De Tourreil aims to bridge that gap — and boost the connection between cacao farmer and chocolate consumer — through the Chocolate Garage, in which she offers tasting parties in her downtown location, people's homes or corporate venues.
Tasters "will leave knowing much more about chocolate and cacao and feeling very good: full of chocolate," she said.
De Tourreil, a former UCSF biology researcher concentrating on the human form of mad-cow disease, turned into a researcher of chocolate after a chance meeting seven years ago with an Ecuador-based chocolate maker. He was growing the beans and making the chocolate on site, and had sponsored a village health clinic and school.
"He was doing great work with a rigorous, for-profit model, but he had no access to capital to scale, market and distribute his product," de Tourreil said.
As a result, de Tourreil and her "business and life partner" Greg Wolff launched Chocolate Dividends, a company featuring fair-trade products that reinvests profits into social enterprises such as the Ecuador-based Yachana. But the couple quickly realized people strongly prefer eating chocolate to talking about socially responsible investing.
"If you make it personal and about chocolate — about what they like and their tastes — people can learn a whole lot about cacao in the process," she said.
De Tourreil's "friends and family" chocolate tastings grew into more formal, for-hire affairs, with proceeds going to the Chocolate Dividends fund, which is invested in social enterprises through the Calvert Foundation.
The Chocolate Garage opened its doors on Gilman Street in June 2010. Party-goers can feast their eyes on elegantly wrapped chocolate bars made everywhere from Ecuador to Missouri to Madagascar, and hear a torrent of chocolate stories from de Tourreil.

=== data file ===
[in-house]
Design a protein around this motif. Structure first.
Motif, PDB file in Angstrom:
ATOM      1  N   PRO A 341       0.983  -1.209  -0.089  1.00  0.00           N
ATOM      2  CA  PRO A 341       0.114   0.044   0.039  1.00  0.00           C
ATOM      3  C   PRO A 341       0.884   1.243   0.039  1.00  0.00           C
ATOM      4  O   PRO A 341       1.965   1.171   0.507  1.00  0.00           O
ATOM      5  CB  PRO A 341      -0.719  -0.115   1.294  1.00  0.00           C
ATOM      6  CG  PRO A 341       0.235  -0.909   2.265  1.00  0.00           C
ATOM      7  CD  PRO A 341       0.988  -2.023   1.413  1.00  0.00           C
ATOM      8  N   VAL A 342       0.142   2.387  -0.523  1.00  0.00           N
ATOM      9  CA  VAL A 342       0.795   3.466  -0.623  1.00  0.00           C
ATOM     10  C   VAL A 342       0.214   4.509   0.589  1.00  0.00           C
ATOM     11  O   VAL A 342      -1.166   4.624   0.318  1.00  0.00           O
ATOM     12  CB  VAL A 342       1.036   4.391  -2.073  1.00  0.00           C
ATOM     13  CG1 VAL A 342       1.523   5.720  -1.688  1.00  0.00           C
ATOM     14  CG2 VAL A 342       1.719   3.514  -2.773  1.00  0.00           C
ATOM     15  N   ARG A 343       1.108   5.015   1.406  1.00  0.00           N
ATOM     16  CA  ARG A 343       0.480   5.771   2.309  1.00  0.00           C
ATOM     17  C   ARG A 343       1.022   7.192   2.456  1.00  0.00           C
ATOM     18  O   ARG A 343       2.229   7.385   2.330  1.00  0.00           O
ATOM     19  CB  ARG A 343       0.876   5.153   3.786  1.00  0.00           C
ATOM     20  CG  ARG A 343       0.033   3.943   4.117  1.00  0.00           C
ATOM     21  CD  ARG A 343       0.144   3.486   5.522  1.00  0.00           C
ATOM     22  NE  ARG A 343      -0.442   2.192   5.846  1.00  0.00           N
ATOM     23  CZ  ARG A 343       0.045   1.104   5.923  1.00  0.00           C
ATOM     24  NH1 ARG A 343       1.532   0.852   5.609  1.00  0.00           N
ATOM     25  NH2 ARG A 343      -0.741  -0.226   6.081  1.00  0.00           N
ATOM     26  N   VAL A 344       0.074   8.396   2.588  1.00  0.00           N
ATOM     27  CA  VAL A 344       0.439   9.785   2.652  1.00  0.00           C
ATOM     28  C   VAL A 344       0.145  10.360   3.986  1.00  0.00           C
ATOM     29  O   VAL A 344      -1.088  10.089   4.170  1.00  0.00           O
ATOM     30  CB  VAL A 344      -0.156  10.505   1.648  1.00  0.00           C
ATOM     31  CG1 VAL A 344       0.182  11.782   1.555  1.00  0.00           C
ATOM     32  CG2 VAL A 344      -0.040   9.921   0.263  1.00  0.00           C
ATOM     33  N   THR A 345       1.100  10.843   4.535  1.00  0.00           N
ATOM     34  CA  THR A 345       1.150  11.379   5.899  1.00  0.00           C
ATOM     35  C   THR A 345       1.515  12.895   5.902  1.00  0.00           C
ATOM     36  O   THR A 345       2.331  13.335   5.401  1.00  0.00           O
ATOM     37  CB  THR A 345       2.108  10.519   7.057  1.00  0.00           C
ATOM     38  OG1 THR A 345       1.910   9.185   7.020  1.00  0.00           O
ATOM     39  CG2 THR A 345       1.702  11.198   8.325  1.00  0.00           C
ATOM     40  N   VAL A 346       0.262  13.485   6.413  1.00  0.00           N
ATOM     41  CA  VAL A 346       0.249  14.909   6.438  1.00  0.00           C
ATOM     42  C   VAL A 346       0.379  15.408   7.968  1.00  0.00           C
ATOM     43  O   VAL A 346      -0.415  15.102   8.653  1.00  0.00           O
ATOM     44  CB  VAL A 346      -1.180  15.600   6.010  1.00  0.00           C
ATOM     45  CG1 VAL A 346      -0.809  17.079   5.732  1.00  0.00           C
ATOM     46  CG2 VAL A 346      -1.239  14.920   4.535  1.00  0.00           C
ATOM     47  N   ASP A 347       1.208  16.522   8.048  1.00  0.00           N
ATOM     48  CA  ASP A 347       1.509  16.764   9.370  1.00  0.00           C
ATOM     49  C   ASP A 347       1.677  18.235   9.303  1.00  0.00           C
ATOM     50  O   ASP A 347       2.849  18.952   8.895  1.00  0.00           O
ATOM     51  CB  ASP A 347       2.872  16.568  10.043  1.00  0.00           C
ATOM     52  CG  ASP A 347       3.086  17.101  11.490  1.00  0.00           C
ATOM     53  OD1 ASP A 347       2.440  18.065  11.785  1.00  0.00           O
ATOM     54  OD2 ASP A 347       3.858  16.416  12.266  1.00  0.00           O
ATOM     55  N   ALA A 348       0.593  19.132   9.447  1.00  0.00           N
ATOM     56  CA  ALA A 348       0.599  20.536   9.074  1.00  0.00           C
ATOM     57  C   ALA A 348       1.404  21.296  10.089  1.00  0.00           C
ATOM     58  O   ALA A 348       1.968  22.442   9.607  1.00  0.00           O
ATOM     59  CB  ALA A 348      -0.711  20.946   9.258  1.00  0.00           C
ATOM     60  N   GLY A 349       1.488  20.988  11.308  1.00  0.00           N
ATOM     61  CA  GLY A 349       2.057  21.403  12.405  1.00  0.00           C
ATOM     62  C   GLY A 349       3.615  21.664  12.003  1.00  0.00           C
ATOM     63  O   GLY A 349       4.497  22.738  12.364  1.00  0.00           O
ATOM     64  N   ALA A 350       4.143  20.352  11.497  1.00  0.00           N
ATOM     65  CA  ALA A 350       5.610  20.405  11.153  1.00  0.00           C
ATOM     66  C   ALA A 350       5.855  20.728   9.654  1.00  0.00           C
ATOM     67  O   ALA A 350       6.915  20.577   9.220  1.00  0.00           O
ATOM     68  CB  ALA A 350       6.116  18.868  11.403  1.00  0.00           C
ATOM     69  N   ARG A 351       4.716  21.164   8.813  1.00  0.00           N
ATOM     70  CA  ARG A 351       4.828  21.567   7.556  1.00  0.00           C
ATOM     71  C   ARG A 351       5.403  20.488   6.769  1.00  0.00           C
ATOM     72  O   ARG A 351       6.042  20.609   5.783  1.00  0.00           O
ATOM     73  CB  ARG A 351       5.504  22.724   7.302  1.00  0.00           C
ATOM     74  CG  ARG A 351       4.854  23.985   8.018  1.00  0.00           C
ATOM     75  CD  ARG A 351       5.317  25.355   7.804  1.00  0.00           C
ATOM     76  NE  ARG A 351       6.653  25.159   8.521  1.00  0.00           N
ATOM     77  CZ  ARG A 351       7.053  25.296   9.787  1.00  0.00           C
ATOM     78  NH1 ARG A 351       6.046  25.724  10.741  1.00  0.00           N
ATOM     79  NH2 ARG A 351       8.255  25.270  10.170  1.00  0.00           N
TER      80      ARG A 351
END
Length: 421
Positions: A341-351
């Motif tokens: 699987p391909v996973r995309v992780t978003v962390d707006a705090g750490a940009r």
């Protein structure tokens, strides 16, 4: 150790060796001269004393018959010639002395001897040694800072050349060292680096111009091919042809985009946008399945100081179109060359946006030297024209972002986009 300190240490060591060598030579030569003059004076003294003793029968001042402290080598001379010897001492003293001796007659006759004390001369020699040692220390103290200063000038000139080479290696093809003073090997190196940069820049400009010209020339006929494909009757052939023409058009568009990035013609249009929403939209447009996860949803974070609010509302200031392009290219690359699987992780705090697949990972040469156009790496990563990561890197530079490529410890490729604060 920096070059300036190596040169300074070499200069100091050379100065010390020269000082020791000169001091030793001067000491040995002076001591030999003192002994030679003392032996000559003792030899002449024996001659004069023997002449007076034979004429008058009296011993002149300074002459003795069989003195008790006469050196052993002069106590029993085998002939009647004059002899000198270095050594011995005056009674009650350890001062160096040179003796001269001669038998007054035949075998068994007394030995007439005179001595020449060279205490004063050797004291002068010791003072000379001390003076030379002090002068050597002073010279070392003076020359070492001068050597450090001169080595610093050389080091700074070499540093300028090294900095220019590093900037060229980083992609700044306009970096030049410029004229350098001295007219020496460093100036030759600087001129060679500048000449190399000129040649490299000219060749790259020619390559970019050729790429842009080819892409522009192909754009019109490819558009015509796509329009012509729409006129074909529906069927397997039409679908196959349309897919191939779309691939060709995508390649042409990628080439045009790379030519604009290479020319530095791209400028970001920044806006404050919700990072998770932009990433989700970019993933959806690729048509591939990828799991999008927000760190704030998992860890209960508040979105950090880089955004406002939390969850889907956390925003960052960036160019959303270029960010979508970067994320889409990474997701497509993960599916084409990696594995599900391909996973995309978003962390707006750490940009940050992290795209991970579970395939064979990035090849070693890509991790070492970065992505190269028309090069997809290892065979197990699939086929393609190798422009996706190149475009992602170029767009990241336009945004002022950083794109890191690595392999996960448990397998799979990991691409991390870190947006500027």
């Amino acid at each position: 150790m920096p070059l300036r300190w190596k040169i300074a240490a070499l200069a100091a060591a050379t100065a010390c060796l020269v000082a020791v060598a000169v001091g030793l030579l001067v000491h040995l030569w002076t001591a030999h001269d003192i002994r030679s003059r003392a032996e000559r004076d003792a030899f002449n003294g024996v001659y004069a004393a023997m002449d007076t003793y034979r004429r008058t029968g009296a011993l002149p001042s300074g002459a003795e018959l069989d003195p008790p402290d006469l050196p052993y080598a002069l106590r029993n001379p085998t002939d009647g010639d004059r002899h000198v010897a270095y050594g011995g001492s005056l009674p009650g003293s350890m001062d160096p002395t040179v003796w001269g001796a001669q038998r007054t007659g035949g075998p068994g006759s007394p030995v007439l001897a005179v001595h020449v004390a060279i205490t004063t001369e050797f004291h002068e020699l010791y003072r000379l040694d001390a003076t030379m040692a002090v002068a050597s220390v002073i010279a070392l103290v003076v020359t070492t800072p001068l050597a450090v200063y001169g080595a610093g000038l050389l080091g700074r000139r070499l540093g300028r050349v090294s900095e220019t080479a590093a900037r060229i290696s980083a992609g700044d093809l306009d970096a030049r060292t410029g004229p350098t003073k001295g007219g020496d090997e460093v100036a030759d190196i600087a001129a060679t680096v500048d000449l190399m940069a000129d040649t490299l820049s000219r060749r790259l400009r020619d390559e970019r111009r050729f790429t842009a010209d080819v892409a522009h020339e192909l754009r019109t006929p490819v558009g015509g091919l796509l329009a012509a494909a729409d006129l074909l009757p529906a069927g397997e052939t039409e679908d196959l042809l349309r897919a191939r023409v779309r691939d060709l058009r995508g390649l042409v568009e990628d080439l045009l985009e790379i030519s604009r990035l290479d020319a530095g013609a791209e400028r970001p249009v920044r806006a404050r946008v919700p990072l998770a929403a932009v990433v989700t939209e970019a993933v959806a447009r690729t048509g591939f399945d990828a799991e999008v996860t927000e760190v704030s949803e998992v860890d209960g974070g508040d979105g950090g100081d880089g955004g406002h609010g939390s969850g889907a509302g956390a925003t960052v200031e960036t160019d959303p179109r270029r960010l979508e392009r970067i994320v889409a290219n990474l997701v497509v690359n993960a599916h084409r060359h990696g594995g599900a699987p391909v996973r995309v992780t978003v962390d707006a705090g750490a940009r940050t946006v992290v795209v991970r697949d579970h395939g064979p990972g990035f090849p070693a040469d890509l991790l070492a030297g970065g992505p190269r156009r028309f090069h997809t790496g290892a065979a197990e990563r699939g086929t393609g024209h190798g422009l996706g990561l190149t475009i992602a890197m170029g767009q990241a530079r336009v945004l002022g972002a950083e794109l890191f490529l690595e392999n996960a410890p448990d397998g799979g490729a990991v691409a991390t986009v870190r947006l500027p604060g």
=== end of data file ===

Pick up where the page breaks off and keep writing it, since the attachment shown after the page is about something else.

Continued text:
The actual chocolate-eating comes at the end. De Tourreil also offers blind tastings and corporate team-building activities with a chocolate theme.
She favors the expression "happy chocolate" to describe an end product that tastes good, contains healthful antioxidants and has a "happy" history: "The cacao farmer gets a good price and the supply chain is short, with fewer middlemen."
With the passion of a researcher who's found her prize topic, she tells stories about the economics of cacao farming and cacao-based cottage industries for women while passing out chocolate-covered cacao beans from Nicaraguan maker Momotombo. She makes a point of promoting Palo Alto's Monique's chocolate shop on Bryant Street, where owners Mark and Cathy West craft "single-origin" confections that reflect the region where the bean was grown.
"I love what Monique's is doing, showcasing the cacao," de Tourreil said. "I don't see them as competition at all.
"What's so exciting is that there's a blossoming of American artisan makers that's going on, an explosion that's occurred just in the past five to seven years."
She rattles off the names of chocolate-makers in Missouri, Tennessee, Utah, Colorado, California, Washington, Virginia, Massachusetts and New York City. "If all of these craft makers and farmers could afford to hire an organization to promote their chocolate and explain the value-add of the farmer and the importance of preserving these varietals and fine cacaos, they would hire me."
De Tourreil hopes to link up some Silicon Valley business brains with a few small chocolate makers next month when they come to town for the 37th Annual Winter Fancy Food Show in San Francisco.
"A lot of these small makers aren't taking salaries yet and investing everything in their business. Let's taste the amazing chocolate and then talk about, how do we get them to actually stay in business?"
Info: For more about the Chocolate Garage, go to thechocolategarage.com.
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